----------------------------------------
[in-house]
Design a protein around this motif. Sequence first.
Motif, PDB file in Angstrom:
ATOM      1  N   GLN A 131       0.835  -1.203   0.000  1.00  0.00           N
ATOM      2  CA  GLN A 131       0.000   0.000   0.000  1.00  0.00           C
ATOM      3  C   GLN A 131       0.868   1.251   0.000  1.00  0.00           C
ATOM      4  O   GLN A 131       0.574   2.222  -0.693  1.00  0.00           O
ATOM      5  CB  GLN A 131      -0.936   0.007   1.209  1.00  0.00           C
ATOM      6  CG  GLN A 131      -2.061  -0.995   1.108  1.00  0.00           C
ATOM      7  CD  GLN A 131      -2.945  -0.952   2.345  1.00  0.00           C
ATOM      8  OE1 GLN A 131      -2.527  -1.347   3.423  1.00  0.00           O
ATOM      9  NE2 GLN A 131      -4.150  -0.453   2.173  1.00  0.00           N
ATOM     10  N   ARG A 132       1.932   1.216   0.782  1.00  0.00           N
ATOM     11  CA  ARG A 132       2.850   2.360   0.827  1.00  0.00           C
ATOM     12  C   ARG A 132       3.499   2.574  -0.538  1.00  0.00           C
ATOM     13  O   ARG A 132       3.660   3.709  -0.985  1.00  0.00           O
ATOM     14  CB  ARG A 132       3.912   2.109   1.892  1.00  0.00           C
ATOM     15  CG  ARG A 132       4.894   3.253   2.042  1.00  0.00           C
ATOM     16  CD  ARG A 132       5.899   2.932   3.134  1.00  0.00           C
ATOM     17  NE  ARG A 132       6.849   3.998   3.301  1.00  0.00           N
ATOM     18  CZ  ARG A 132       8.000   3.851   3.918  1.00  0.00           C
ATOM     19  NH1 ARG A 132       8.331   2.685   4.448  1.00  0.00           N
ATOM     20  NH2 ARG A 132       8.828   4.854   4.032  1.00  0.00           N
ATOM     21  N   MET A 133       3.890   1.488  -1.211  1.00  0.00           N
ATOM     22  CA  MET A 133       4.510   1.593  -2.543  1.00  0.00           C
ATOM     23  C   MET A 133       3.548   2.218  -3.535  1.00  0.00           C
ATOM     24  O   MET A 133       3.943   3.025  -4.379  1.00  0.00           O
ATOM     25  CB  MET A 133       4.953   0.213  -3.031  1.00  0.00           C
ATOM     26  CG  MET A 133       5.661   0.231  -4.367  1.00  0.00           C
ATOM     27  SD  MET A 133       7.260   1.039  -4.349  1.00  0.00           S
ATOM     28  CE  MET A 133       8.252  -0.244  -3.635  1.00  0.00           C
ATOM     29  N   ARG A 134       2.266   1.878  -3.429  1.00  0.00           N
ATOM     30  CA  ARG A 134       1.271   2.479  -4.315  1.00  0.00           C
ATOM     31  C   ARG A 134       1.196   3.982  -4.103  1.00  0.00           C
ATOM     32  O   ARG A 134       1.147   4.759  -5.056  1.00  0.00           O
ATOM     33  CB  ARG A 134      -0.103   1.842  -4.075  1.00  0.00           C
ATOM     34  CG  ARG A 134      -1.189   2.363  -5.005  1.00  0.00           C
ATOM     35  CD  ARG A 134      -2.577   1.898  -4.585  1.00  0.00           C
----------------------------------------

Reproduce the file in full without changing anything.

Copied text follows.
[in-house]
Design a protein around this motif. Sequence first.
Motif, PDB file in Angstrom:
ATOM      1  N   GLN A 131       0.835  -1.203   0.000  1.00  0.00           N
ATOM      2  CA  GLN A 131       0.000   0.000   0.000  1.00  0.00           C
ATOM      3  C   GLN A 131       0.868   1.251   0.000  1.00  0.00           C
ATOM      4  O   GLN A 131       0.574   2.222  -0.693  1.00  0.00           O
ATOM      5  CB  GLN A 131      -0.936   0.007   1.209  1.00  0.00           C
ATOM      6  CG  GLN A 131      -2.061  -0.995   1.108  1.00  0.00           C
ATOM      7  CD  GLN A 131      -2.945  -0.952   2.345  1.00  0.00           C
ATOM      8  OE1 GLN A 131      -2.527  -1.347   3.423  1.00  0.00           O
ATOM      9  NE2 GLN A 131      -4.150  -0.453   2.173  1.00  0.00           N
ATOM     10  N   ARG A 132       1.932   1.216   0.782  1.00  0.00           N
ATOM     11  CA  ARG A 132       2.850   2.360   0.827  1.00  0.00           C
ATOM     12  C   ARG A 132       3.499   2.574  -0.538  1.00  0.00           C
ATOM     13  O   ARG A 132       3.660   3.709  -0.985  1.00  0.00           O
ATOM     14  CB  ARG A 132       3.912   2.109   1.892  1.00  0.00           C
ATOM     15  CG  ARG A 132       4.894   3.253   2.042  1.00  0.00           C
ATOM     16  CD  ARG A 132       5.899   2.932   3.134  1.00  0.00           C
ATOM     17  NE  ARG A 132       6.849   3.998   3.301  1.00  0.00           N
ATOM     18  CZ  ARG A 132       8.000   3.851   3.918  1.00  0.00           C
ATOM     19  NH1 ARG A 132       8.331   2.685   4.448  1.00  0.00           N
ATOM     20  NH2 ARG A 132       8.828   4.854   4.032  1.00  0.00           N
ATOM     21  N   MET A 133       3.890   1.488  -1.211  1.00  0.00           N
ATOM     22  CA  MET A 133       4.510   1.593  -2.543  1.00  0.00           C
ATOM     23  C   MET A 133       3.548   2.218  -3.535  1.00  0.00           C
ATOM     24  O   MET A 133       3.943   3.025  -4.379  1.00  0.00           O
ATOM     25  CB  MET A 133       4.953   0.213  -3.031  1.00  0.00           C
ATOM     26  CG  MET A 133       5.661   0.231  -4.367  1.00  0.00           C
ATOM     27  SD  MET A 133       7.260   1.039  -4.349  1.00  0.00           S
ATOM     28  CE  MET A 133       8.252  -0.244  -3.635  1.00  0.00           C
ATOM     29  N   ARG A 134       2.266   1.878  -3.429  1.00  0.00           N
ATOM     30  CA  ARG A 134       1.271   2.479  -4.315  1.00  0.00           C
ATOM     31  C   ARG A 134       1.196   3.982  -4.103  1.00  0.00           C
ATOM     32  O   ARG A 134       1.147   4.759  -5.056  1.00  0.00           O
ATOM     33  CB  ARG A 134      -0.103   1.842  -4.075  1.00  0.00           C
ATOM     34  CG  ARG A 134      -1.189   2.363  -5.005  1.00  0.00           C
ATOM     35  CD  ARG A 134      -2.577   1.898  -4.585  1.00  0.00           C